PubMed Link to Article
Van Etten  MLNeumark  YDAnthony  JC Initial opportunity to use marijuana and the transition to first use: United States, 1979 to 1994. Drug Alcohol Depend 1997;49 (1) 1- 7
PubMed Link to Article
Brown  TNSchulenberg  JBachman  JGO'Malley  PMJohnston  LD Are risk and protective factors for substance use consistent across historical time? national data from the high school classes of 1976 through 1997. Prev Sci 2001;2 (1) 29- 43
PubMed Link to Article
Kokkevi  AEArapaki  AARichardson  CFlorescu  SKuzman  MStergar  E Further investigation of psychological and environmental correlates of substance use in adolescence in six European countries. Drug Alcohol Depend 2007;88 (2-3) 308- 312
PubMed Link to Article
Johnston  LDO'Malley  PMBachman  JGSchulenberg  JE Monitoring the Future: National Results on Adolescent Drug Use: Overview of Key Findings, 2006.  Bethesda, MD National Institute on Drug Abuse2007;National Institutes of Health publication 07-6202
Hibell  BAndersson  BBjarnason  T  et al.  The ESPAD Report 2003: Alcohol and Other Drug Use Among Students in 35 European Countries.  Stockholm, Sweden The Swedish Council for Information on Alcohol and Other Drugs, Council of Europe, Co-operation Group to Combat Drug Abuse and Illicit Trafficking in Drugs (Pompidou Group)2004;
Schmid  HDelgrande Jordan  MKuntsche  EKuendig  HAnnaheim  B Der Konsum psychoaktiver substanzen von schülerinnen und schülern in der Schweiz: ausgewählte ergebnisse einer studie, durchgeführt unter der Schirmherrschaft der Weltgesundheitsorganisation (WHO) [Consumption of psychoactive substances among school students in Switzerland: selected results of a study conducted under the aegis of the World Health Organization (WHO)].  Lausanne, Switzerland Swiss Institute for the Prevention of Alcohol and Drug Problems2008;Research Report 42, revised and updated version
European Monitoring Center of Drugs and Drug Addiction (EMCDDA), Annual Report 2007: the State of the Drugs Problem in Europe.  Lisbon, Portugal EMCDDA2007;
Currie  CedRoberts  CedMorgan  Aed  et al.  Young People's Health in Context: Health Behaviour in School-Aged Children (HBSC) Study: International Report From the 2001/2002 Survey.  Copenhagen, Denmark World Health Organization Regional Office for Europe2004;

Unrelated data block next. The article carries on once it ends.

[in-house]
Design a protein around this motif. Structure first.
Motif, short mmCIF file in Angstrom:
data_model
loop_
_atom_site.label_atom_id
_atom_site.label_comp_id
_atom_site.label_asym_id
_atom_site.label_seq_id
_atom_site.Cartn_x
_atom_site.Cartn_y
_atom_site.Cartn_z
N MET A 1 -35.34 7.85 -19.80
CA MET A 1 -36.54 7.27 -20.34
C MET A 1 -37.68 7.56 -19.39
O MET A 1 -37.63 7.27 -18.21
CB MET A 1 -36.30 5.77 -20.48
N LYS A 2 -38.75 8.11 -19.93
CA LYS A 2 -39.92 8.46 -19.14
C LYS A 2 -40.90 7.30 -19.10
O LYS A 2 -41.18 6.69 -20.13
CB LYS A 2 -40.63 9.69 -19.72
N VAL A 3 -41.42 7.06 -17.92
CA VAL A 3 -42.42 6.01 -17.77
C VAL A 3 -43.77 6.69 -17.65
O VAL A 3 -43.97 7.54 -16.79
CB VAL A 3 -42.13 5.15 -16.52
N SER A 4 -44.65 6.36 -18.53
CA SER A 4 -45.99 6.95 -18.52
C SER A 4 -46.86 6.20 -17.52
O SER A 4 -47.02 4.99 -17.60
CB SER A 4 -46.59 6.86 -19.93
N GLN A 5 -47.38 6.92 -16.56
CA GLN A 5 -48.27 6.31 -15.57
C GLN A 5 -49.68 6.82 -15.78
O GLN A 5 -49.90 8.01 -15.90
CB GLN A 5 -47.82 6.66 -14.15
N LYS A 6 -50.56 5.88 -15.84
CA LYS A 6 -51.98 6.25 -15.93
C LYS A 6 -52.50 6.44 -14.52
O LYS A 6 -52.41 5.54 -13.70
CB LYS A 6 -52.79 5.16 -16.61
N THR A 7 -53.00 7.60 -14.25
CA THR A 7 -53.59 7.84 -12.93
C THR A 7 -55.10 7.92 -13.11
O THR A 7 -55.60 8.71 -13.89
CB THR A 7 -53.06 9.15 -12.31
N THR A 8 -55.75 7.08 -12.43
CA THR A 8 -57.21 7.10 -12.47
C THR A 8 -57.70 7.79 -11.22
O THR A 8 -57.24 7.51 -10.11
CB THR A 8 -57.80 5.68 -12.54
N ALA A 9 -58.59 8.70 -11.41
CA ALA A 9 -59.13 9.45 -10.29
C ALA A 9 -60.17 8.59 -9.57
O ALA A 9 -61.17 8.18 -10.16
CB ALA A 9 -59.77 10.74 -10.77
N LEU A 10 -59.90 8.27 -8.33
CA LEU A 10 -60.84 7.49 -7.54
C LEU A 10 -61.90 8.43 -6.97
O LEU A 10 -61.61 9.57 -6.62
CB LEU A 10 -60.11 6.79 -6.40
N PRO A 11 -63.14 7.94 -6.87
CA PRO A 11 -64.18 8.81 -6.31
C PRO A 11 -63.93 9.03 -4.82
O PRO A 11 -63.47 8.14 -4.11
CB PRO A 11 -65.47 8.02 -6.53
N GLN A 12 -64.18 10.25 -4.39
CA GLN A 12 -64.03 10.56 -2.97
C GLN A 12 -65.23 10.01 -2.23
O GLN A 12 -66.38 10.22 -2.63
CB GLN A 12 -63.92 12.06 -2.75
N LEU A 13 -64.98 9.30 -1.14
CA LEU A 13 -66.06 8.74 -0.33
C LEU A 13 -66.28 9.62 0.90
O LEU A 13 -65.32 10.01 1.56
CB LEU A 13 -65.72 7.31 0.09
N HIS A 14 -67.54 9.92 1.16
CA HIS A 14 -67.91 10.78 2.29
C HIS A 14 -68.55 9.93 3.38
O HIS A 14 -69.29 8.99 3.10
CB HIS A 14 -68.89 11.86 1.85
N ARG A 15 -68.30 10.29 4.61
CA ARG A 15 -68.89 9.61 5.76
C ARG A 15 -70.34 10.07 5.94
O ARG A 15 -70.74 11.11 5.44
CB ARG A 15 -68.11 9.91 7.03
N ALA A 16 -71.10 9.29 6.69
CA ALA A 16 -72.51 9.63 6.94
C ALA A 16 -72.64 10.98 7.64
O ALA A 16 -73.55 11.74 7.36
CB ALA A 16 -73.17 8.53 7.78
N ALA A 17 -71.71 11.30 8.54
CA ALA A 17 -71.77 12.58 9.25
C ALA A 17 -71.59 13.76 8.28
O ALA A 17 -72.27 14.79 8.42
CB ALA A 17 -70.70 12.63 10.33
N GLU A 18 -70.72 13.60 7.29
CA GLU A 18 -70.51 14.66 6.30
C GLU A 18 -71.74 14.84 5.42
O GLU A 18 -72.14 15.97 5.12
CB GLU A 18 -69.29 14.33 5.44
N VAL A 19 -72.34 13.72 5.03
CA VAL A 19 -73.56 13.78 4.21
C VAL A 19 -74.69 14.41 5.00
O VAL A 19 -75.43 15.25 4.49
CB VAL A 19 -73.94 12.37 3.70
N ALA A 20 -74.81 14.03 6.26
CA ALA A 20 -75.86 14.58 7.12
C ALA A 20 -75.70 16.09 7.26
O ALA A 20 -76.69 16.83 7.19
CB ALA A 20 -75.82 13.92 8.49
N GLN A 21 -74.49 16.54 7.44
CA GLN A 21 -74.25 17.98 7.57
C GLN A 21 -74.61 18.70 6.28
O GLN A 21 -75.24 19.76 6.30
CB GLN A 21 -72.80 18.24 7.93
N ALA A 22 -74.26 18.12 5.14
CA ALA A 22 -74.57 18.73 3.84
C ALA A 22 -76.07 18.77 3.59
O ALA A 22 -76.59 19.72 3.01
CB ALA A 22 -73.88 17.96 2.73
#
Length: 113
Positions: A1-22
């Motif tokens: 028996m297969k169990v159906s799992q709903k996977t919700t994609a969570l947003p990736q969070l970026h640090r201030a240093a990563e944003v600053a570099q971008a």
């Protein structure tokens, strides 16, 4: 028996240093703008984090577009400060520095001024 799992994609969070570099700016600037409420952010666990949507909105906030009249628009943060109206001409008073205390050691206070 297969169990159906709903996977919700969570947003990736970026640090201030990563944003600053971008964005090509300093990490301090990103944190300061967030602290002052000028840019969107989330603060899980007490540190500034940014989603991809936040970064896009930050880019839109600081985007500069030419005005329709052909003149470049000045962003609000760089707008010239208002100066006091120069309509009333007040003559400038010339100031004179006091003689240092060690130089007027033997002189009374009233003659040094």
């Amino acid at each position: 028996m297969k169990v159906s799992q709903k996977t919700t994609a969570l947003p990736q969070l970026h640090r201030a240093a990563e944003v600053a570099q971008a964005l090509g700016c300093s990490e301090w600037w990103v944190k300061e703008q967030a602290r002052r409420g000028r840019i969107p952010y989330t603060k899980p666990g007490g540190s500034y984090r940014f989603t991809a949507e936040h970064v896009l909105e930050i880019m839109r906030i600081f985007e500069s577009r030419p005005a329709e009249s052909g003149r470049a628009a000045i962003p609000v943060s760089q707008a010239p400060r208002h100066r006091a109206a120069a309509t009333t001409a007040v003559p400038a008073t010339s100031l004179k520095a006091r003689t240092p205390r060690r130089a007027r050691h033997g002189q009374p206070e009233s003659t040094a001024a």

Currie  CedGodeau  EedNic Gabhainn  Sed  et al.  Inequalities in Young People's Health: HBSC International Report From the 2005/06 Survey.  Copenhagen, Denmark World Health Organization Regional Office for Europe2008;
Kuntsche  EPickett  WOverpeck  MCraig  WBoyce  WFGaspar de Matos  M Television viewing and forms of bullying among adolescents from eight countries. J Adolesc Health 2006;39 (6) 908- 915
PubMed Link to Article
Roberts  CCurrie  CSamdal  OCurrie  DSmith  RMaes  L Measuring the health and health behaviours of adolescents through cross-national survey research: recent developments in the Health Behaviour in School-aged Children (HBSC) study. J Public Health 2007;15179- 186
Link to Article
Kish  L Survey Sampling.  New York, NY, London, England, Sydney, Australia John Wiley & Sons Inc1965;
Roberts  CTynjälä  JCurrie  DKing  M Annex 1: methods. Currie  CRoberts  CMorgan  AYoung People's Health in Context Health Behaviour in School-Aged Children (HBSC) Study: International Report From the 2001/2002 Survey. Copenhagen, Denmark: World Health Organization Regional Office for Europe2004;217- 227
Cohen  J Statistical Power Analysis for the Behavioral Sciences. 2nd ed. Hillsdale, NJ Lawrence Erlbaum Associates Inc Publishers1988;

Figures

Place holder to copy figure label and caption
Figure.

Differences in the prevalence of cannabis use from 2002 to 2006 vs the difference in the mean frequency of evenings spent out for boys (A, R2 = 0.19) and girls (B; R2 = 0.28) in 31 participating countries. BE-Fl indicates Flemish-speaking Belgium; BE-Fr, French-speaking Belgium; CA, Canada; CZ, Czech Republic; DK, Denmark; ENG, England; EE, Estonia; FI, Finland; FR, France; DE, Germany; GR, Greece; HU, Hungary; IE, Ireland; IL, Israel; IT, Italy; LT, Lithuania; MK, Former Yugoslav Republic of Macedonia; MT, Malta; NL, the Netherlands; PL, Poland; PT, Portugal; RU, Russia; SCT, Scotland; SI, Slovenia; ES, Spain; CH, Switzerland; UA, Ukraine; US, United States; WLS, Wales.

Graphic Jump Location